are: Maintaining YOUR relationship with your spouse Don’t neglect together time with your souse. You need time to re-unify as well. This is an excellent place to use your respite if you have any If you live on base, or just in a child friendly supportive community it might be worth it to coordinate with another family to watch your kids for a night in return for you doing the same later or when their spouse returns Find the humor in life's little things If you have the time, try and set this up in advance so that your child is familiar with and practiced going over to another house. This will take some time! Often another family with a child on the autism spectrum works best.
TriCare – one of the best resources for intensive ABA in home therapy coverage ($ CAP $36k -> What this means) *What to expect, who to contact – talk to FRO officer, Exceptional Family Member Officer *STOMP Network When you retire, ABA services end.
Regional Center – For military families, may be the best source for additional / more intensive parent training then TriCare allows, MIGHT provide gap coverage after hitting TriCare cap. More general Limits on Funding. Restricted currently to 2 yrs of ABA services in most cases for new clients Can be very difficult to get coverage – only taking/funding more severe cases WILL NOT cover social skills training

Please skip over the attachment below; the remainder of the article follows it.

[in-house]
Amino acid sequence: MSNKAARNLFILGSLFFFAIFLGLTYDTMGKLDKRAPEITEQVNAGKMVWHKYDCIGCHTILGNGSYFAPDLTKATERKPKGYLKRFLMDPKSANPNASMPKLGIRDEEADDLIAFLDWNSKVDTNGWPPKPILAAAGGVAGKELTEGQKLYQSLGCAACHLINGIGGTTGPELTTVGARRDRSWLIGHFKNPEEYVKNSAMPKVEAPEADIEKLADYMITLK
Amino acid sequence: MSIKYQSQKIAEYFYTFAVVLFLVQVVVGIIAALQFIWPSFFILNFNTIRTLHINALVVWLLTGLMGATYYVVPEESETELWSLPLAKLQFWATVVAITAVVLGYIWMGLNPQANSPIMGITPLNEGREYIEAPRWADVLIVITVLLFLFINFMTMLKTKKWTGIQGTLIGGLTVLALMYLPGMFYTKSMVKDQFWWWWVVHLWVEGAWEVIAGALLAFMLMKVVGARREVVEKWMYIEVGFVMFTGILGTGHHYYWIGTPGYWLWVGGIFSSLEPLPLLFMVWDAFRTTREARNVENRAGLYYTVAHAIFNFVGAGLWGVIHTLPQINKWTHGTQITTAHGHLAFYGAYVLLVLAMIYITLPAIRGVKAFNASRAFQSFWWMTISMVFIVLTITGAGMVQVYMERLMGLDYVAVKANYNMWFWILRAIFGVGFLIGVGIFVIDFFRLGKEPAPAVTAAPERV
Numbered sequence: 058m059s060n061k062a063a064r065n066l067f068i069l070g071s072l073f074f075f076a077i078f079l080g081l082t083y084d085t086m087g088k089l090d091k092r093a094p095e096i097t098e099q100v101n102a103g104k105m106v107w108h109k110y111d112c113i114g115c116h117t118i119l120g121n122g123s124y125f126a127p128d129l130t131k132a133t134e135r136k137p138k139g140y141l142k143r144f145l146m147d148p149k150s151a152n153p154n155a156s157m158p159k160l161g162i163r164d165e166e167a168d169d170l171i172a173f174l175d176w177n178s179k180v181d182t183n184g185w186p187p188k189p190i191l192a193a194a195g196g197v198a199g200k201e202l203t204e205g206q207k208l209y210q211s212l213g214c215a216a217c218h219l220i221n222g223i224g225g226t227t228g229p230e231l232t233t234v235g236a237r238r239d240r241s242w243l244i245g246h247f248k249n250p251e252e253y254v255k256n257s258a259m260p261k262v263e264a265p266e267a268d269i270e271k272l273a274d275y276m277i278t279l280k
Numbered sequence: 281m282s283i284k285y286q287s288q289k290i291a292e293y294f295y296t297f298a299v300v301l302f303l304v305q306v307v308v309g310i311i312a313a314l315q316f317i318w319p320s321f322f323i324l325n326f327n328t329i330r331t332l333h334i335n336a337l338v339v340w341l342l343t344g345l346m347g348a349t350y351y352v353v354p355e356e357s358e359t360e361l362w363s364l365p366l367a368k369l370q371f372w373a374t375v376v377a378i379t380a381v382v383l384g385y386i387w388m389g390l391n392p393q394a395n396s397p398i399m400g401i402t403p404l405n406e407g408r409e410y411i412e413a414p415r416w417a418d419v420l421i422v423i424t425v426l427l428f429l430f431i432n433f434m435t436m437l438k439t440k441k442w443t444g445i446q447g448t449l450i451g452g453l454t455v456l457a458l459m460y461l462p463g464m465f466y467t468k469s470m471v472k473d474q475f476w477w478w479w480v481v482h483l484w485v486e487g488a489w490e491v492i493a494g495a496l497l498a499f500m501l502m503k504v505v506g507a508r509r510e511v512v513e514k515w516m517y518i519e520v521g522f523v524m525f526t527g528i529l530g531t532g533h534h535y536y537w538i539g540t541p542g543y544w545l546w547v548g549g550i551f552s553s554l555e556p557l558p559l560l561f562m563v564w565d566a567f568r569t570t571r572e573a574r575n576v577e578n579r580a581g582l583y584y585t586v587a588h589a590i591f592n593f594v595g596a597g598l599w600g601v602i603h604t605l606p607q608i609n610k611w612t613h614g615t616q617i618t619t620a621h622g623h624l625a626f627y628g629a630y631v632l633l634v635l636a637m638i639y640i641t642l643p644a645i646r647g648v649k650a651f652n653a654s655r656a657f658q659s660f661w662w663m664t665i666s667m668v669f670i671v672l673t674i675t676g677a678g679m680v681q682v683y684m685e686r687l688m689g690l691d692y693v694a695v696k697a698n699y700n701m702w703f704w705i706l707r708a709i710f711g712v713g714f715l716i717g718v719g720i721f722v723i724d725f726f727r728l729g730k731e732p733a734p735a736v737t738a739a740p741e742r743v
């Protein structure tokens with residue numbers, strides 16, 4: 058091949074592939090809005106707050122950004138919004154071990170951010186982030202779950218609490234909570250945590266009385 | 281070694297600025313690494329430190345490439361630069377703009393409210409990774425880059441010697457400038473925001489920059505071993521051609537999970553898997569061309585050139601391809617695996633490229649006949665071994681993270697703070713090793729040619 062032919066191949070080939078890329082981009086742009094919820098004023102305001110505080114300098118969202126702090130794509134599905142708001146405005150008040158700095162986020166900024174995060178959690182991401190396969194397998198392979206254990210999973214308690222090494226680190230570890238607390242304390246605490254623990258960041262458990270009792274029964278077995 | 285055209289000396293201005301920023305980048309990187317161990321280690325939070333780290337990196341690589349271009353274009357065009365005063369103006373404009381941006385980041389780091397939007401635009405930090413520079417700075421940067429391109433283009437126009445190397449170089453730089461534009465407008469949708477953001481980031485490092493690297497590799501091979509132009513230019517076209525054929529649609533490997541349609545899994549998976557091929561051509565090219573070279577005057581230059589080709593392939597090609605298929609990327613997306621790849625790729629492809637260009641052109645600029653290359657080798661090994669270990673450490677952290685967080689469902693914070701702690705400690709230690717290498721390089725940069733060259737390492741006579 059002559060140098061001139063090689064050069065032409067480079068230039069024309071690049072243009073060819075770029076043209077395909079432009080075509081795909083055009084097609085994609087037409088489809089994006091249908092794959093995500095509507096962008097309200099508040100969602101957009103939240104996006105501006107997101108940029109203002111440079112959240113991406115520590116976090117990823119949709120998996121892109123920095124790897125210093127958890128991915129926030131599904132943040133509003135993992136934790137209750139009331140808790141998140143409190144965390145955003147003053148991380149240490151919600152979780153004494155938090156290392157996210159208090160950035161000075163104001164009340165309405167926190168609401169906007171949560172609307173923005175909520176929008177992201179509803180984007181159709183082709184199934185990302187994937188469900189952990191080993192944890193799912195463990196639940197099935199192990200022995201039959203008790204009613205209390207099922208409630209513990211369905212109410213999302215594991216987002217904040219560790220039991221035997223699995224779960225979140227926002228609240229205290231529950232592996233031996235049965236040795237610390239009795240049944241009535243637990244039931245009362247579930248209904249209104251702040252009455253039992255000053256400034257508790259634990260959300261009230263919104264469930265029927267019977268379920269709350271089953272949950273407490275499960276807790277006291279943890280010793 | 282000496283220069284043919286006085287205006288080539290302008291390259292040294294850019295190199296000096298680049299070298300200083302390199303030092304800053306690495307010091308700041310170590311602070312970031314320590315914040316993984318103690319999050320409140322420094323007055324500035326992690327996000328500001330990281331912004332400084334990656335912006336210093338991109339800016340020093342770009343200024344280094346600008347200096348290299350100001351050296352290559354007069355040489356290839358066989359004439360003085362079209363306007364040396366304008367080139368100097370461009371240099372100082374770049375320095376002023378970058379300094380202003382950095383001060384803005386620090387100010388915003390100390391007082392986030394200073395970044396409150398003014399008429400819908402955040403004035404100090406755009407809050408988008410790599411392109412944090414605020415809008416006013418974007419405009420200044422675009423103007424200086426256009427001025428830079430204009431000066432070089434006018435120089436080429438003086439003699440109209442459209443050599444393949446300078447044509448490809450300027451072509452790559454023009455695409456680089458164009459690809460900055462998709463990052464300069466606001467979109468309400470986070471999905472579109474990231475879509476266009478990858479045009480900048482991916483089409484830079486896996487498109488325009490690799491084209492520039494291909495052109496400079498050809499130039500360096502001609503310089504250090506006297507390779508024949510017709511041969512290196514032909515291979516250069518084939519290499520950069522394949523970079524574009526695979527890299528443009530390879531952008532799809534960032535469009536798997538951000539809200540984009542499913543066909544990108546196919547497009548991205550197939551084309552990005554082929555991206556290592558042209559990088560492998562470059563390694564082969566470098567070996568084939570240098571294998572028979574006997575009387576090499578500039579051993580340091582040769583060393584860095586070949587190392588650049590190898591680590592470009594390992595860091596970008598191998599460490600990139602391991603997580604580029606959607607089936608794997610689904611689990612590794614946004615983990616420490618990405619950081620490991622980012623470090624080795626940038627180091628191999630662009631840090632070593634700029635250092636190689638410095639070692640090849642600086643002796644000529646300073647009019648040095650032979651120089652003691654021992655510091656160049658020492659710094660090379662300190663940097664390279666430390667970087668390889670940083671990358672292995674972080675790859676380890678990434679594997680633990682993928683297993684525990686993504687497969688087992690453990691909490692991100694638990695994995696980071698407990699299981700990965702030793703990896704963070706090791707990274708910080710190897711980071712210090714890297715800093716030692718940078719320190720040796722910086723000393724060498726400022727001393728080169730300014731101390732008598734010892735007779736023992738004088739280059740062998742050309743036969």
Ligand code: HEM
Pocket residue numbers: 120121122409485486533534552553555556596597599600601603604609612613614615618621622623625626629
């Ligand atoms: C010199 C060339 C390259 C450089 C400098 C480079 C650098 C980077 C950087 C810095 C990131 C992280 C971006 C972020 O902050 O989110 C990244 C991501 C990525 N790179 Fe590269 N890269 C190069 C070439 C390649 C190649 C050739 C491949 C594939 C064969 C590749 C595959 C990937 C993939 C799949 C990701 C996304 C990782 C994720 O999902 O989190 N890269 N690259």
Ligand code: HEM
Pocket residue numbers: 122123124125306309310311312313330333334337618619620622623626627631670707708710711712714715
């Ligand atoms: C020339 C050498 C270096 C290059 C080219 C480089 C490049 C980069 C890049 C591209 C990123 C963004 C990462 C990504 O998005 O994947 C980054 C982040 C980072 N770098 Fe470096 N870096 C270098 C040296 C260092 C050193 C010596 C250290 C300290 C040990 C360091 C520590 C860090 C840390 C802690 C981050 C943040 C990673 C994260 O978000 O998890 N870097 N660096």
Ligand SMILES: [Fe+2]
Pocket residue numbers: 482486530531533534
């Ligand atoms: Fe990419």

Schools: There are many school’s across San Diego County with various strengths, weaknesses, politics, and in this current economy – funding problems Advantage: School are allowed and expected to provide social skills training: Quality and availability varies NPS: Several allow your child to graduate with a real HS diploma (assuming he or she passes the California Exit Exam) and go on to college. Or they can get a certificate of attendance going through the life skills program (possibly till they turn 22) I know of at least one kiddo I have worked with who because of this Hybrid: We worked out a deal with the parents and home school. He had already passed the exit exam, so we gave him he certificate of attendance at 18 and temporarily withheld his HS diploma Currently on track within the life skills program (using it almost as a college prep) and will receive his real HS diploma at 20, when HE is ready An unusual case, but it never hurts to ask. Many NPS are able to more specifically target your child’s needs and provide a better student – staff ratio *THEY ARE EXPENSIVE *Home school will often fight placement and is not required to place until your son or daughter demonstrates a failure to thrive in the home school environment --If this is what your child needs – hang in there! Its worth it!